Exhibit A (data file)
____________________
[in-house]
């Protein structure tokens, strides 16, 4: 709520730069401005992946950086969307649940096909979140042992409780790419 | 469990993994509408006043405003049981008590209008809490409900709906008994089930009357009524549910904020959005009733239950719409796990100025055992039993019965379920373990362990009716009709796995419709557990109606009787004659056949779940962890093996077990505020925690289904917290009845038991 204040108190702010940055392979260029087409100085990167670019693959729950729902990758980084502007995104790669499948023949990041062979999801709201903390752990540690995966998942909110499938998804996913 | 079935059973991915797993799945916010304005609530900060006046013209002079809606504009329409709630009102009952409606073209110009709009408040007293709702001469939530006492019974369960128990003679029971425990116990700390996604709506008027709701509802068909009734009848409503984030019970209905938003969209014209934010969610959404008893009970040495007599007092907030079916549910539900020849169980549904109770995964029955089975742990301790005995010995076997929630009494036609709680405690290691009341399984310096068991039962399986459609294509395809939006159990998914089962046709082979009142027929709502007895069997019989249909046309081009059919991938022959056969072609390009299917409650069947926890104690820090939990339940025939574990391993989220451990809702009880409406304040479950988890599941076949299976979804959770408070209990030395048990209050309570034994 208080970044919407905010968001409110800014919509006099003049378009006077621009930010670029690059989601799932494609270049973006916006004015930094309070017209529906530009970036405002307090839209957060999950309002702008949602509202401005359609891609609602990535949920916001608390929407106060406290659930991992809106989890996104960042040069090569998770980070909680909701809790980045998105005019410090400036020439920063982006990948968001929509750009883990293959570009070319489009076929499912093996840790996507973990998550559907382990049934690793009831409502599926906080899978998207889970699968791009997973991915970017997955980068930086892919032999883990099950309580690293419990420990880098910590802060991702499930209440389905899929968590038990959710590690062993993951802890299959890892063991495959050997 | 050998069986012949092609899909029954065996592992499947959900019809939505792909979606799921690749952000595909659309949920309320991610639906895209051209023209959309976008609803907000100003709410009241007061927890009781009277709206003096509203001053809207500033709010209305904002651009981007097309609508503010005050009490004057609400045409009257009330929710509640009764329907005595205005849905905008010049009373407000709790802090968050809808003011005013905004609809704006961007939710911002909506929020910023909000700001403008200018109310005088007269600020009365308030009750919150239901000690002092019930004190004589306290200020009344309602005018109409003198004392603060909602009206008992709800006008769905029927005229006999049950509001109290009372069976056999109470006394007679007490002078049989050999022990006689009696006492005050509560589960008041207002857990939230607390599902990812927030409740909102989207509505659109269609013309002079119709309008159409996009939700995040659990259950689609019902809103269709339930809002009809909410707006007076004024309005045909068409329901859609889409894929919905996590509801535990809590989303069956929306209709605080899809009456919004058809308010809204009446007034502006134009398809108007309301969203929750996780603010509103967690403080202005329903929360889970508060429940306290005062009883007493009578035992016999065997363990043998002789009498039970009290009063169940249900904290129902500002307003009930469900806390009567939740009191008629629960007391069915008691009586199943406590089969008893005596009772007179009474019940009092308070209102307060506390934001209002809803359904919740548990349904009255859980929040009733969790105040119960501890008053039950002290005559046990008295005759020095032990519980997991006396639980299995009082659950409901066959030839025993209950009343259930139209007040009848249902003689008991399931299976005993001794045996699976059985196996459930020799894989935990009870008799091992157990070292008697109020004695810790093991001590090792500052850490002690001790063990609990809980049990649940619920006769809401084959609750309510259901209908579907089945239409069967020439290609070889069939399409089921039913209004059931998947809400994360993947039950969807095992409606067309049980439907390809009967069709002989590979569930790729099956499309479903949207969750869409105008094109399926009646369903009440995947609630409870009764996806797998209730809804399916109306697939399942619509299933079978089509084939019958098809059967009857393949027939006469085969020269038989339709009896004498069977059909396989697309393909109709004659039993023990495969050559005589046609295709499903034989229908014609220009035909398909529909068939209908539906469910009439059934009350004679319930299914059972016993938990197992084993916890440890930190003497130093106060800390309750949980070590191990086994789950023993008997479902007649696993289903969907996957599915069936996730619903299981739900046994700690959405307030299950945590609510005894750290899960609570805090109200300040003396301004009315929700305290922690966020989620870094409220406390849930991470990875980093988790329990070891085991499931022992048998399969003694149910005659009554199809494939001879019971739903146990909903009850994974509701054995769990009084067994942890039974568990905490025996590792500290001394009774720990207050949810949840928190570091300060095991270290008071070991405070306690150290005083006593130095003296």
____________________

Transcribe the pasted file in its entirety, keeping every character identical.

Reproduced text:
[in-house]
């Protein structure tokens, strides 16, 4: 709520730069401005992946950086969307649940096909979140042992409780790419 | 469990993994509408006043405003049981008590209008809490409900709906008994089930009357009524549910904020959005009733239950719409796990100025055992039993019965379920373990362990009716009709796995419709557990109606009787004659056949779940962890093996077990505020925690289904917290009845038991 204040108190702010940055392979260029087409100085990167670019693959729950729902990758980084502007995104790669499948023949990041062979999801709201903390752990540690995966998942909110499938998804996913 | 079935059973991915797993799945916010304005609530900060006046013209002079809606504009329409709630009102009952409606073209110009709009408040007293709702001469939530006492019974369960128990003679029971425990116990700390996604709506008027709701509802068909009734009848409503984030019970209905938003969209014209934010969610959404008893009970040495007599007092907030079916549910539900020849169980549904109770995964029955089975742990301790005995010995076997929630009494036609709680405690290691009341399984310096068991039962399986459609294509395809939006159990998914089962046709082979009142027929709502007895069997019989249909046309081009059919991938022959056969072609390009299917409650069947926890104690820090939990339940025939574990391993989220451990809702009880409406304040479950988890599941076949299976979804959770408070209990030395048990209050309570034994 208080970044919407905010968001409110800014919509006099003049378009006077621009930010670029690059989601799932494609270049973006916006004015930094309070017209529906530009970036405002307090839209957060999950309002702008949602509202401005359609891609609602990535949920916001608390929407106060406290659930991992809106989890996104960042040069090569998770980070909680909701809790980045998105005019410090400036020439920063982006990948968001929509750009883990293959570009070319489009076929499912093996840790996507973990998550559907382990049934690793009831409502599926906080899978998207889970699968791009997973991915970017997955980068930086892919032999883990099950309580690293419990420990880098910590802060991702499930209440389905899929968590038990959710590690062993993951802890299959890892063991495959050997 | 050998069986012949092609899909029954065996592992499947959900019809939505792909979606799921690749952000595909659309949920309320991610639906895209051209023209959309976008609803907000100003709410009241007061927890009781009277709206003096509203001053809207500033709010209305904002651009981007097309609508503010005050009490004057609400045409009257009330929710509640009764329907005595205005849905905008010049009373407000709790802090968050809808003011005013905004609809704006961007939710911002909506929020910023909000700001403008200018109310005088007269600020009365308030009750919150239901000690002092019930004190004589306290200020009344309602005018109409003198004392603060909602009206008992709800006008769905029927005229006999049950509001109290009372069976056999109470006394007679007490002078049989050999022990006689009696006492005050509560589960008041207002857990939230607390599902990812927030409740909102989207509505659109269609013309002079119709309008159409996009939700995040659990259950689609019902809103269709339930809002009809909410707006007076004024309005045909068409329901859609889409894929919905996590509801535990809590989303069956929306209709605080899809009456919004058809308010809204009446007034502006134009398809108007309301969203929750996780603010509103967690403080202005329903929360889970508060429940306290005062009883007493009578035992016999065997363990043998002789009498039970009290009063169940249900904290129902500002307003009930469900806390009567939740009191008629629960007391069915008691009586199943406590089969008893005596009772007179009474019940009092308070209102307060506390934001209002809803359904919740548990349904009255859980929040009733969790105040119960501890008053039950002290005559046990008295005759020095032990519980997991006396639980299995009082659950409901066959030839025993209950009343259930139209007040009848249902003689008991399931299976005993001794045996699976059985196996459930020799894989935990009870008799091992157990070292008697109020004695810790093991001590090792500052850490002690001790063990609990809980049990649940619920006769809401084959609750309510259901209908579907089945239409069967020439290609070889069939399409089921039913209004059931998947809400994360993947039950969807095992409606067309049980439907390809009967069709002989590979569930790729099956499309479903949207969750869409105008094109399926009646369903009440995947609630409870009764996806797998209730809804399916109306697939399942619509299933079978089509084939019958098809059967009857393949027939006469085969020269038989339709009896004498069977059909396989697309393909109709004659039993023990495969050559005589046609295709499903034989229908014609220009035909398909529909068939209908539906469910009439059934009350004679319930299914059972016993938990197992084993916890440890930190003497130093106060800390309750949980070590191990086994789950023993008997479902007649696993289903969907996957599915069936996730619903299981739900046994700690959405307030299950945590609510005894750290899960609570805090109200300040003396301004009315929700305290922690966020989620870094409220406390849930991470990875980093988790329990070891085991499931022992048998399969003694149910005659009554199809494939001879019971739903146990909903009850994974509701054995769990009084067994942890039974568990905490025996590792500290001394009774720990207050949810949840928190570091300060095991270290008071070991405070306690150290005083006593130095003296």